- Before refueling the generator, turn it off and let it cool.
- Always store fuel outside and store fuel away from any fuel-burning appliance.
While it is necessary to clear downed trees and branches, use great caution when operating a chainsaw. Safety tips to help keep you safe and injury-free:
- Before starting the saw:
- Read your owner's manual, wear proper safety gear, and check all parts to ensure they are functioning properly.
- Fuel your saw at least 10 feet from sources of ignition and clear debris that may interfere with cutting.
- While running the saw:
- Keep hands on the handles, and a secure footing.
- Do not cut directly overhead or overreach with the saw and be prepared for kickback.
Improperly disposed human waste can lead to outbreaks of cholera, dysentery, and other diseases. Tips for a sewer outage:
- Do not use kitty litter in your emergency toilet. This cannot be flushed after the sewage system is operational.
- Use a chemical toilet if one is available. Also, create an emergency toilet by using your toilet bowl or a 5-gallon plastic bucket with a tight fitting lid. Line either with a heavy-duty trash bag and use household bleach as a disinfectant. If using your toilet bowl, first turn off water and flush 1 time to empty before lining with trash bag.
- Wash hands thoroughly with antibacterial soap and water after handling the emergency toilet.
- When instructed, do not use or flush your toilet. Powered sewer lift stations may be out of order, which could lead to a sewage back-up into homes.
A hurricane can turn a familiar road into an unfamiliar and dangerous one very quickly. Driving safety tips:
- Constantly scan for pedestrians who can quickly lose their footing.
- Do not drive through standing water. You will not know the depth of the water nor will you know the condition of the road under the water.
- Drive with car lights on and slow down.
- Know where you are going and give yourself ample time to get there.
- Maintain a safe distance from the car in front of you.
- Match your speed to road conditions. Cars can quickly become uncontrollable when driving on damaged, debris-choked roads.
- Not all damaged or destroyed road signs have been replaced; be prepared to yield to a pedestrian or another driver or to stop unexpectedly.
- Obey all road closed signs. Just because you can't see road damage doesn't mean it is safe.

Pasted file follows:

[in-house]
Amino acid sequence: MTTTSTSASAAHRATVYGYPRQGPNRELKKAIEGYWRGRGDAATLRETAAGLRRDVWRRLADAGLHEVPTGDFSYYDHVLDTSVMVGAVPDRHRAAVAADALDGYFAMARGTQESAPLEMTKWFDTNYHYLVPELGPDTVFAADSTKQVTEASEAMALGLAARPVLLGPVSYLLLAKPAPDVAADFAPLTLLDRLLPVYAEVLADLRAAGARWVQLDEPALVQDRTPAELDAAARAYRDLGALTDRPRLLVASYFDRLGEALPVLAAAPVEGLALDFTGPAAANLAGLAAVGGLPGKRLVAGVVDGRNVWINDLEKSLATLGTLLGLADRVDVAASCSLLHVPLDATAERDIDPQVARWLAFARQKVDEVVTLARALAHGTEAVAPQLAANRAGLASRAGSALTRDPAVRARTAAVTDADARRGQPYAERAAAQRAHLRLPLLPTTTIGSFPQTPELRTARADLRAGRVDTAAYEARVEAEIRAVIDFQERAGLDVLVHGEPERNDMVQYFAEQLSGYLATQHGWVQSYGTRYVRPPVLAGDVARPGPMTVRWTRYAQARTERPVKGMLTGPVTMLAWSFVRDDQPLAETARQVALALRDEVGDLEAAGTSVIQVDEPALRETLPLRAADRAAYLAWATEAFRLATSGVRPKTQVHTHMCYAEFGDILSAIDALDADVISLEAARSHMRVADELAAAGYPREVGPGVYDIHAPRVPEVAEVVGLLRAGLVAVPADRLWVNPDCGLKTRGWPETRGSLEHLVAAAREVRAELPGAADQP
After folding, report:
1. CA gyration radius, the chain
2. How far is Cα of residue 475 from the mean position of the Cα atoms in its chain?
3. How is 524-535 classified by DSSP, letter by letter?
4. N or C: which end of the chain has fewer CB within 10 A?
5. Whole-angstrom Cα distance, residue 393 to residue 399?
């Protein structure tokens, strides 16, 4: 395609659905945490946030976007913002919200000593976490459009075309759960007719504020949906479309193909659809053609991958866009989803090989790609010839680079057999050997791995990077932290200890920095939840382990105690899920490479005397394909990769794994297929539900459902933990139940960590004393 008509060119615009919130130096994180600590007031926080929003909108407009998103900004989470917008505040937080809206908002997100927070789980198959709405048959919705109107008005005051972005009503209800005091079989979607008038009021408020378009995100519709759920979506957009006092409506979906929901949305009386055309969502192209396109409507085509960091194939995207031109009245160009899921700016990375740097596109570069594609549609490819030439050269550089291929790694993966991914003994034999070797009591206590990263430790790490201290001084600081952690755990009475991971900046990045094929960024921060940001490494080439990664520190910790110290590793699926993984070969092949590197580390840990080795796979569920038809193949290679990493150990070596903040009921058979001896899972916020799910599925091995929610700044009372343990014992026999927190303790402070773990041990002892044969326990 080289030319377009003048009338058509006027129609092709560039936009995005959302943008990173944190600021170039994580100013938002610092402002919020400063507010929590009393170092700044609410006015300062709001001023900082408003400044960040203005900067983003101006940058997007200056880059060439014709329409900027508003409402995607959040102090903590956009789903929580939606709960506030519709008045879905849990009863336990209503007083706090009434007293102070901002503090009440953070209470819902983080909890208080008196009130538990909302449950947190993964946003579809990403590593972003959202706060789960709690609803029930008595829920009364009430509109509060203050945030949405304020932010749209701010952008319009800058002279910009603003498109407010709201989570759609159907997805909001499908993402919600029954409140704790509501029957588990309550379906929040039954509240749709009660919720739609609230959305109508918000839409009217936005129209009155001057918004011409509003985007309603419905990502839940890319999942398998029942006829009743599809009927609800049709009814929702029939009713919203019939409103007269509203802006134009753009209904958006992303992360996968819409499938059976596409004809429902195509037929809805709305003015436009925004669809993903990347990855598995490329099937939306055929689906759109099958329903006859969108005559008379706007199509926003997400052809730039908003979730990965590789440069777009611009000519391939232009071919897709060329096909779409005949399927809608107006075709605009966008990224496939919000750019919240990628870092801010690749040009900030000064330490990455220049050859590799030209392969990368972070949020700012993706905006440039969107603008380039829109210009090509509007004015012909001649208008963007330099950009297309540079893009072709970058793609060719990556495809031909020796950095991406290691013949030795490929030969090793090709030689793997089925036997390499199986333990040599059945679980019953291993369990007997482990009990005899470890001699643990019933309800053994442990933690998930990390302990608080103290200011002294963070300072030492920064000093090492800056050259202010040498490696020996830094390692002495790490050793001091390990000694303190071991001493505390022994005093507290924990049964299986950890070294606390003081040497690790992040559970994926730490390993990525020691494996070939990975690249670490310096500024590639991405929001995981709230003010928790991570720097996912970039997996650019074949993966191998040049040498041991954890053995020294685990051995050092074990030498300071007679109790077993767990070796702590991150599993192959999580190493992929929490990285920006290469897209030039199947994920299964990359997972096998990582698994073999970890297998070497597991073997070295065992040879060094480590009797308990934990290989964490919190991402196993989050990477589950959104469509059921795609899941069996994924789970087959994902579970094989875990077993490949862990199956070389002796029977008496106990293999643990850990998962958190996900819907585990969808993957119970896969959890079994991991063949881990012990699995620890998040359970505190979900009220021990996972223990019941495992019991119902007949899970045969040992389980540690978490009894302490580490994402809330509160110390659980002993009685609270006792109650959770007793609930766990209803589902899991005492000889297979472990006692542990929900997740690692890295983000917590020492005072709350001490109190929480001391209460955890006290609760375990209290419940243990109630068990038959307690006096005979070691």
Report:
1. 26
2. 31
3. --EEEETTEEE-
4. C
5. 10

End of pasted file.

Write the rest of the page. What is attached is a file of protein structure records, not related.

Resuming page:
- Traffic patterns may be shifted in work zones; obey posted work zone speed limits at all times. Be aware of equipment and workers.
- Treat any intersection with non-working traffic signals as an all-way stop. Be prepared to stop at every intersection.
- Visibility may be limited. Increased traffic on congested roadways and large trucks can obstruct your line of sight.
Re-entering the County
If you have evacuated out of the area, returning home can have some challenges if a storm has done significant damage to the city. Bridges and roads may be closed due to damage, flooding or debris. Officials may have entire areas closed off to everyone, even residents. It's important to remember that coming home is not a guarantee. So before heading home, be sure to watch or read the news to learn the latest information about road conditions and damage reports for Palm Beach County and surrounding areas.
Depending on the severity of the storm, the city's contracted waste hauler, Waste Management, Inc., will pick up household garbage on your regularly scheduled pick up day. A separate hauler will pick up:
- Construction and demolition items (such as roof shingles, siding, concrete material, drywall, furniture, or carpet)
- Vegetative (such as unbagged sticks, limbs, branches, or cut tree stumps)
- White goods (large appliances)
Do not mix debris types. These items are handled differently and must be collected separately. Please contact Public Works at 561-804-7000 for information regarding waste pick up after a storm.